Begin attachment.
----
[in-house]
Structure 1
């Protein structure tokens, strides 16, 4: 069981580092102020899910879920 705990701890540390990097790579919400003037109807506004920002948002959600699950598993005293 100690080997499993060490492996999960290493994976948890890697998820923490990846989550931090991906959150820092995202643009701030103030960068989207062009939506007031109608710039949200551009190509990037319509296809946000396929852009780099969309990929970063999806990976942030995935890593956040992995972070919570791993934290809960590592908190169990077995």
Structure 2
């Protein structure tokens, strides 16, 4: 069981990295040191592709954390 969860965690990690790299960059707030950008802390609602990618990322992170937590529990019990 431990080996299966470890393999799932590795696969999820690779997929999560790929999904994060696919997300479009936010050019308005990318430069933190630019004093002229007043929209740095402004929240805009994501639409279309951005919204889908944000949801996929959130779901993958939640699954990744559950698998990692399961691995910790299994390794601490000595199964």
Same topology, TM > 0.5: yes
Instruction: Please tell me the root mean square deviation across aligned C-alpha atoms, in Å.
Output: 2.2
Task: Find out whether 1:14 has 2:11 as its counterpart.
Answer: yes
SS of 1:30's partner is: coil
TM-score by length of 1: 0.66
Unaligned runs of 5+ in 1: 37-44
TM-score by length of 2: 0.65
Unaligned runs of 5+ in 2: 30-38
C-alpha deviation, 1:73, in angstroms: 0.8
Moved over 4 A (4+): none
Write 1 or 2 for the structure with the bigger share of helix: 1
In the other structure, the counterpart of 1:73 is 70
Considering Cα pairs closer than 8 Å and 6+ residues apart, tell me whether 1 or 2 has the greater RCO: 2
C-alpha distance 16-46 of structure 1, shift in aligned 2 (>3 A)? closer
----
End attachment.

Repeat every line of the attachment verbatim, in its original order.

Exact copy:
[in-house]
Structure 1
């Protein structure tokens, strides 16, 4: 069981580092102020899910879920 705990701890540390990097790579919400003037109807506004920002948002959600699950598993005293 100690080997499993060490492996999960290493994976948890890697998820923490990846989550931090991906959150820092995202643009701030103030960068989207062009939506007031109608710039949200551009190509990037319509296809946000396929852009780099969309990929970063999806990976942030995935890593956040992995972070919570791993934290809960590592908190169990077995």
Structure 2
């Protein structure tokens, strides 16, 4: 069981990295040191592709954390 969860965690990690790299960059707030950008802390609602990618990322992170937590529990019990 431990080996299966470890393999799932590795696969999820690779997929999560790929999904994060696919997300479009936010050019308005990318430069933190630019004093002229007043929209740095402004929240805009994501639409279309951005919204889908944000949801996929959130779901993958939640699954990744559950698998990692399961691995910790299994390794601490000595199964």
Same topology, TM > 0.5: yes
Instruction: Please tell me the root mean square deviation across aligned C-alpha atoms, in Å.
Output: 2.2
Task: Find out whether 1:14 has 2:11 as its counterpart.
Answer: yes
SS of 1:30's partner is: coil
TM-score by length of 1: 0.66
Unaligned runs of 5+ in 1: 37-44
TM-score by length of 2: 0.65
Unaligned runs of 5+ in 2: 30-38
C-alpha deviation, 1:73, in angstroms: 0.8
Moved over 4 A (4+): none
Write 1 or 2 for the structure with the bigger share of helix: 1
In the other structure, the counterpart of 1:73 is 70
Considering Cα pairs closer than 8 Å and 6+ residues apart, tell me whether 1 or 2 has the greater RCO: 2
C-alpha distance 16-46 of structure 1, shift in aligned 2 (>3 A)? closer